Expectations. We all know how important it is to make sure candidate and client expectations match. But which expectations are important enough they should be in writing? Having this at the beginning of the search can dramatically change your focus when sourcing candidates. Also, the discussion identifying these is a great time to clarify details about the search.

Salary, benefits, and relocation information. We’re all probably good at asking for this upfront so this is nothing new, but think about how to use it in the sales process. How can you word the compensation in the offer letter so the candidate is excited about it? What unique benefits does the company offer that a candidate may get excited about? And of course, be completely clear on relocation. Understanding exactly what is covered and how it is managed can make all the difference as you work on the search.

Anticipated start date. An expected start date is a great tool to use in framing the search. Although a start date isn’t set in stone, discussing this when you take the search helps establish a timeline and it is easy to back up from that date to determine when interviews need to happen and more. Clients who think the process takes too long get a real education when discussing the potential start date as they realize it isn’t the recruiter holding up the process. Discussing this at the beginning of the search also shows the recruiter’s commitment.

It is highly likely that the client already has a standard format for an offer letter, and therefore, won’t want to use your form letter.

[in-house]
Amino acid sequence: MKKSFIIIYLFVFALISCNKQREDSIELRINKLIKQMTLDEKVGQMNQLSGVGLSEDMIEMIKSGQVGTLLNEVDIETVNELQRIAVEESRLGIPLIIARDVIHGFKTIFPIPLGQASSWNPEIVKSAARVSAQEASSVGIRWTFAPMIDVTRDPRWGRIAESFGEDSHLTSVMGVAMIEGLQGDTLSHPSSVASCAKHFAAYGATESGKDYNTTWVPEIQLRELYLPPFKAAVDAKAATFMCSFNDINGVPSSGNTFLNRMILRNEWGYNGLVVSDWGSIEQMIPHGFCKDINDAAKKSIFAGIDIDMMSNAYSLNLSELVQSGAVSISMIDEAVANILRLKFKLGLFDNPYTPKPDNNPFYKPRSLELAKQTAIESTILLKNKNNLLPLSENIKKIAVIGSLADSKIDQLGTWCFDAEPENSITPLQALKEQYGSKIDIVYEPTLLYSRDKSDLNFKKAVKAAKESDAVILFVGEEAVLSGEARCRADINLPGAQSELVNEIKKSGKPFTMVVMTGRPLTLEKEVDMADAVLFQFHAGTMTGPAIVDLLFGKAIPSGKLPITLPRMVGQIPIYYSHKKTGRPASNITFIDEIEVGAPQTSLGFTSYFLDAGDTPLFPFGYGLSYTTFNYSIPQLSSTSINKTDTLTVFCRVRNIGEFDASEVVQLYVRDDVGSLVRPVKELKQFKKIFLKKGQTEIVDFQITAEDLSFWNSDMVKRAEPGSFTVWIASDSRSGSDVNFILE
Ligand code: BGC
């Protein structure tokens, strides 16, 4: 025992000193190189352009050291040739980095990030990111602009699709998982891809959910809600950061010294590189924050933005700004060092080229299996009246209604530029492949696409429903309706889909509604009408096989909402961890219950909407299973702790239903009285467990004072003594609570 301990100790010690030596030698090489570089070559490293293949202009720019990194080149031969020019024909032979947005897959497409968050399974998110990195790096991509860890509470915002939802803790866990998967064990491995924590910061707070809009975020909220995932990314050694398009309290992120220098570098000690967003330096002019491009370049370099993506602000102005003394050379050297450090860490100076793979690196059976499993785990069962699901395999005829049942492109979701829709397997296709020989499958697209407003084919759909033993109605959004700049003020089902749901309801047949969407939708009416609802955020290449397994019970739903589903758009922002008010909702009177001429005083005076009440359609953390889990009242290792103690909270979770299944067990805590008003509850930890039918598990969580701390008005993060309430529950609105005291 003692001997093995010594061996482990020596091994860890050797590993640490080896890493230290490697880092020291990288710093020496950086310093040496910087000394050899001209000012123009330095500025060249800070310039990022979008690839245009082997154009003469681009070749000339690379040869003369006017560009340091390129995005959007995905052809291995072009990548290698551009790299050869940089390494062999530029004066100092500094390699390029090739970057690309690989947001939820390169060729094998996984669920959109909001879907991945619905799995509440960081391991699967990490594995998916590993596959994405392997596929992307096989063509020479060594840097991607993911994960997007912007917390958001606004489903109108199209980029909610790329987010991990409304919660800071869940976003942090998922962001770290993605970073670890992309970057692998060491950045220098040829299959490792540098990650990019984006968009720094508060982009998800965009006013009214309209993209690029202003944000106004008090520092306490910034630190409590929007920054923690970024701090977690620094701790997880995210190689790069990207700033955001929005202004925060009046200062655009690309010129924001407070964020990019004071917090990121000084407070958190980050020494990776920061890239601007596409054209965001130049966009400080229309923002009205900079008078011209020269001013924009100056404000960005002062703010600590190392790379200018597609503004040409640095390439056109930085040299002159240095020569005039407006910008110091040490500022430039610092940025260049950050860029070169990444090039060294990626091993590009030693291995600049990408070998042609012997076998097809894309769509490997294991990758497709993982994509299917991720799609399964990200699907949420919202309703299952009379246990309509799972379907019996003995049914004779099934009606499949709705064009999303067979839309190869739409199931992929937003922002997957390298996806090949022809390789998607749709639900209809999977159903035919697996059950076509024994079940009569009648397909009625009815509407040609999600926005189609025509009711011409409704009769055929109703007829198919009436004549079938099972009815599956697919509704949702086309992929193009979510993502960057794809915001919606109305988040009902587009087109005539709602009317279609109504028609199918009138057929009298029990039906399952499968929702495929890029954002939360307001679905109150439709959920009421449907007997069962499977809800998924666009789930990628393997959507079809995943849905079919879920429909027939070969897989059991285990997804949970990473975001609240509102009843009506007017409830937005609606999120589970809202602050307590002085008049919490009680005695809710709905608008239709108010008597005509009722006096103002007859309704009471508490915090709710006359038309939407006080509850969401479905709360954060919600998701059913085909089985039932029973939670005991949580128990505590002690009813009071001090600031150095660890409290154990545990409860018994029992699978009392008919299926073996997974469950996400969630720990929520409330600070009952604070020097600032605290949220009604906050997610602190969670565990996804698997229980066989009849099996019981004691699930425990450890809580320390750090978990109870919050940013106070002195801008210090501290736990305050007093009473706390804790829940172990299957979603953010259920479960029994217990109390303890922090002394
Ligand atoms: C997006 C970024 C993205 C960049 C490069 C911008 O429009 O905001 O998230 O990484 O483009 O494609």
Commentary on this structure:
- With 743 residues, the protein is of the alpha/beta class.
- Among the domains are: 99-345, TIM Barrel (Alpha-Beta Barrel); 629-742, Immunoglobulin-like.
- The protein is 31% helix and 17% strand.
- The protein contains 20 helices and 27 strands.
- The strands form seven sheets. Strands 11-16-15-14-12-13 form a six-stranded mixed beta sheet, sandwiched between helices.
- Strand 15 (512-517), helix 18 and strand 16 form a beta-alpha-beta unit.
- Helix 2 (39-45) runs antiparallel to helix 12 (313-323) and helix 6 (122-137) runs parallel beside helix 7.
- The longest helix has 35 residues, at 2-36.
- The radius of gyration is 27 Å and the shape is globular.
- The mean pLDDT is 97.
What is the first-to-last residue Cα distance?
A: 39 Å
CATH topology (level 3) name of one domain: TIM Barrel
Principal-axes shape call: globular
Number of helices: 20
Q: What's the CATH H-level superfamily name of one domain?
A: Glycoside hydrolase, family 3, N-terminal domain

That’s fine, but you may be able to give them some unique ideas. Once you complete the search-taking process, sending over a sample offer letter with these components, demonstrating a true understanding of the position and the needs, confirming the big expectations, and targeting a specific start date sets you apart from the competition.

Which, as you can see, really is beginning with the end in mind.


Creating Your Perfect Client, Part 2


In the first part of this article, I talked about identifying your perfect customer. Now it’s time to think about the types of searches you work.

Many recruiters shy away from technology or finance searches. Are there fields or functions you don’t want to recruit? Are there titles that are too high or too low for you to take on? Are there fields, titles, and functions that would be an automatic split because you know the right person to fill the search?

This is where you really have to think about what problems there are with searches — how reporting structures work, co-workers, responsibilities, etc.

One challenge presented to recruiters today comes from the consolidation of responsibilities. It used to be a person did one job with one job description but today, it is often the case that two positions have been combined because someone had the skills and the company had the need at the time. The challenge is now that the person has left, the company has forgotten it used to be two separate positions and want one person to do both jobs. Are there positions like this you won’t fill?